About the Authors
Lew Daly is a Senior Fellow at Demos and Director of the Fellows Program. A writer on religion, political development, and economic thought, Daly's recent books include Godless Economy (University of Chicago Press, 2009), and God and the Welfare State (The MIT Press, 2006). Daly has published articles, reviews, and commentary in many publications, including Dissent, The Boston Review, Theoria, The Journal of Markets & Morality, Sightings, and Church & Society.
Previously, he was a fellow at the Schumann Center for Media & Democracy and a research consultant with the Democracy Collaborative of the University of Maryland. In the mid-1990s, he did pastoral work in a federal prison as well as community organizing on labor issues. Daly received his B.A. from Oberlin College, and holds advanced degrees from Brown University, the University at Buffalo, and Union Theological Seminary.
Gar Alperovitz is the Lionel R. Bauman Professor of Political-Economy at the University of Maryland. He is also a founding Principal of the Democracy Collaborative, a former Fellow at Kings College, Cambridge, a founding Fellow of the Institute of Politics at Harvard, a Fellow at the Institute for Policy Studies, and a Guest Scholar at the Brookings Institution. Previously, he was a Legislative Director in both the U.S. House of Representatives and the U.S. Senate, and a Special Assistant concerned with United Nations issues in the Department of State.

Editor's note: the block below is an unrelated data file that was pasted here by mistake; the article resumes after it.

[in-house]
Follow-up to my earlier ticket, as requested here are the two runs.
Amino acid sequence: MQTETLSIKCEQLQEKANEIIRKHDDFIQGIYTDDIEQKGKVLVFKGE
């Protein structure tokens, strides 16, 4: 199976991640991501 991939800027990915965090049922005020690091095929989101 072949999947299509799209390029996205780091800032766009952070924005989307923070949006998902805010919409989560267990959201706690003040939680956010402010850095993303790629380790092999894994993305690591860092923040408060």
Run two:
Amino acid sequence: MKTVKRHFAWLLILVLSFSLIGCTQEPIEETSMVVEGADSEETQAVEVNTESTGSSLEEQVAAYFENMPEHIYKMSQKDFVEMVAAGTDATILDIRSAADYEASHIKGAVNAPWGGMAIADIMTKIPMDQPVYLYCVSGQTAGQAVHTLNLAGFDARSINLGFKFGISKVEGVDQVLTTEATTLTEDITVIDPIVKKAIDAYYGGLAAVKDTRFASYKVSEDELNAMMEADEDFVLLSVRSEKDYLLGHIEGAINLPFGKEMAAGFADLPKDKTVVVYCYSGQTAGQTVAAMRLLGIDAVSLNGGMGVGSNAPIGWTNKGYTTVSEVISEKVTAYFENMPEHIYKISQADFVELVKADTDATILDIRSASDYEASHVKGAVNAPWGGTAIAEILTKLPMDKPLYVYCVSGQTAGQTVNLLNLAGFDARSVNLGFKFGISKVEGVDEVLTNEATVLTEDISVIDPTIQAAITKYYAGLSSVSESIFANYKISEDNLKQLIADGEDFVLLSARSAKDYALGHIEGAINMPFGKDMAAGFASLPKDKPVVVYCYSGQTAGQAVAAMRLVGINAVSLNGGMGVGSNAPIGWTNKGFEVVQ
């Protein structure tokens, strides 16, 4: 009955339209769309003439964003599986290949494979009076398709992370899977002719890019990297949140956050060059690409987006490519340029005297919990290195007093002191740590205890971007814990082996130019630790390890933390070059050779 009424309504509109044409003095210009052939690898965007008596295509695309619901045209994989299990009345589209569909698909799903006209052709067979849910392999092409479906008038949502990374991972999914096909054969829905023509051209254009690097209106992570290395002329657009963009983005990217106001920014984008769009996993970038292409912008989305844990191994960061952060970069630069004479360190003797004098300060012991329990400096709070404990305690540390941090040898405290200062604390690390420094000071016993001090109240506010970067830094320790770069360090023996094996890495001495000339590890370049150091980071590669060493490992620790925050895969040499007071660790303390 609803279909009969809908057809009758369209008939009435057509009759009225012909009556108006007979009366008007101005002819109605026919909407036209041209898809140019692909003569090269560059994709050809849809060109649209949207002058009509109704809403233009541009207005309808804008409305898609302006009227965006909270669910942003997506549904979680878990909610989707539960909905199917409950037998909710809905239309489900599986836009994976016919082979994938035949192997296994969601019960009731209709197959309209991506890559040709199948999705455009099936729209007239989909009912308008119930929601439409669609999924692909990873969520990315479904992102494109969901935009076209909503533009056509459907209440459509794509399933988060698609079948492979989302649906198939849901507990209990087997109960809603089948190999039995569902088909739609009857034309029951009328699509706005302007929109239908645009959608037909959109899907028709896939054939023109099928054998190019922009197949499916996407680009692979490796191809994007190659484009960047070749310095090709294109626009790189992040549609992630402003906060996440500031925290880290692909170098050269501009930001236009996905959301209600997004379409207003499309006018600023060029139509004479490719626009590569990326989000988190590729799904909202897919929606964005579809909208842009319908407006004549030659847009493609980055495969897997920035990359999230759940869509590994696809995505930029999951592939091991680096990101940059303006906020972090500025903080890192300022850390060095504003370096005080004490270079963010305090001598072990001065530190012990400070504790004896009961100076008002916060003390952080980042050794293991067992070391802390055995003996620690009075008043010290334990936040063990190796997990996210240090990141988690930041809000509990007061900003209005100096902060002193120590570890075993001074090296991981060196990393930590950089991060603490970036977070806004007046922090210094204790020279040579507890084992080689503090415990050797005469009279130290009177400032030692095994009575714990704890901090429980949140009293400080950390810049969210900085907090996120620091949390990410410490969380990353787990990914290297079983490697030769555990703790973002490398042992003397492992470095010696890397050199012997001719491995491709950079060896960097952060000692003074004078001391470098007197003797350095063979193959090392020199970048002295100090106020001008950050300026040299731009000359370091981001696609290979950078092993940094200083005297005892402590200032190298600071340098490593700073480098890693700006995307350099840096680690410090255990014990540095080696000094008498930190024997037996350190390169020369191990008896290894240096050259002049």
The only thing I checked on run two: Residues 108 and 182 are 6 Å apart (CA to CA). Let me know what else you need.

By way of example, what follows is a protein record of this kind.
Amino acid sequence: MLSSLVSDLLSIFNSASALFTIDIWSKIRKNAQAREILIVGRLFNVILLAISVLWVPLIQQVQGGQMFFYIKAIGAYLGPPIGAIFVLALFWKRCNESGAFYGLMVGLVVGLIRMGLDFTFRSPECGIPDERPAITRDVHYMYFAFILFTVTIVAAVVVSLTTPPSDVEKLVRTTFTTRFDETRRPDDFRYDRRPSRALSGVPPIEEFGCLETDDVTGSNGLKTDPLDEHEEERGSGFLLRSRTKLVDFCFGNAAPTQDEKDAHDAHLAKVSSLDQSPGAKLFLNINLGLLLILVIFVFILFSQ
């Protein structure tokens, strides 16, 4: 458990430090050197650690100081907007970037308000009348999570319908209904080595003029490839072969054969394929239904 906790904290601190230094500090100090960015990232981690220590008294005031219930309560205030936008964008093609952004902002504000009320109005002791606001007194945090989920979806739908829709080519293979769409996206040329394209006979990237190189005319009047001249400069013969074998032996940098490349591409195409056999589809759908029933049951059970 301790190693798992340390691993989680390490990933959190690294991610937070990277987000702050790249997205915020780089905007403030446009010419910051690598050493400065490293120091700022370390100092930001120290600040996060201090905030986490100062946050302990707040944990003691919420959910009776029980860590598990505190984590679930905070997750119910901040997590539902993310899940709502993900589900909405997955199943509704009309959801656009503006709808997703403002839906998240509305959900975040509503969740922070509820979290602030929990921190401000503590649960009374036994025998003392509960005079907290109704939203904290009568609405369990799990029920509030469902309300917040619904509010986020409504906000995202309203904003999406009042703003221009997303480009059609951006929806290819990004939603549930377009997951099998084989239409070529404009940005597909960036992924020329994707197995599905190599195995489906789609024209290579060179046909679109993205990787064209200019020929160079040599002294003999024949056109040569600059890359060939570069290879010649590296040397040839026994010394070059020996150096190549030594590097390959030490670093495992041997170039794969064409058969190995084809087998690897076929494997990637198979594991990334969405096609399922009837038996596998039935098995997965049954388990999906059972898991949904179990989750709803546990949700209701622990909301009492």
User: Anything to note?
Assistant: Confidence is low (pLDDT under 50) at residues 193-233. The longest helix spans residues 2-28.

In addition to Unjust Deserts, he is the author of The Decision to Use the Atomic Bomb (Knopf), Atomic Diplomacy (Simon & Schuster), and America Beyond Capitalism: Reclaiming Our Wealth, Our Liberty and Our Democracy (John Wiley & Sons). He lectures widely, has testified before numerous Congressional Committees, and has published articles in The New York Times, The Washington Post, The Los Angeles Times, The Nation, and other popular and academic publications. Alperovitz received his Ph.D. in Political-Economy as a Marshall Scholar at Cambridge University, a Master's degree from the University of California at Berkeley, and a B.S. from the University of Wisconsin.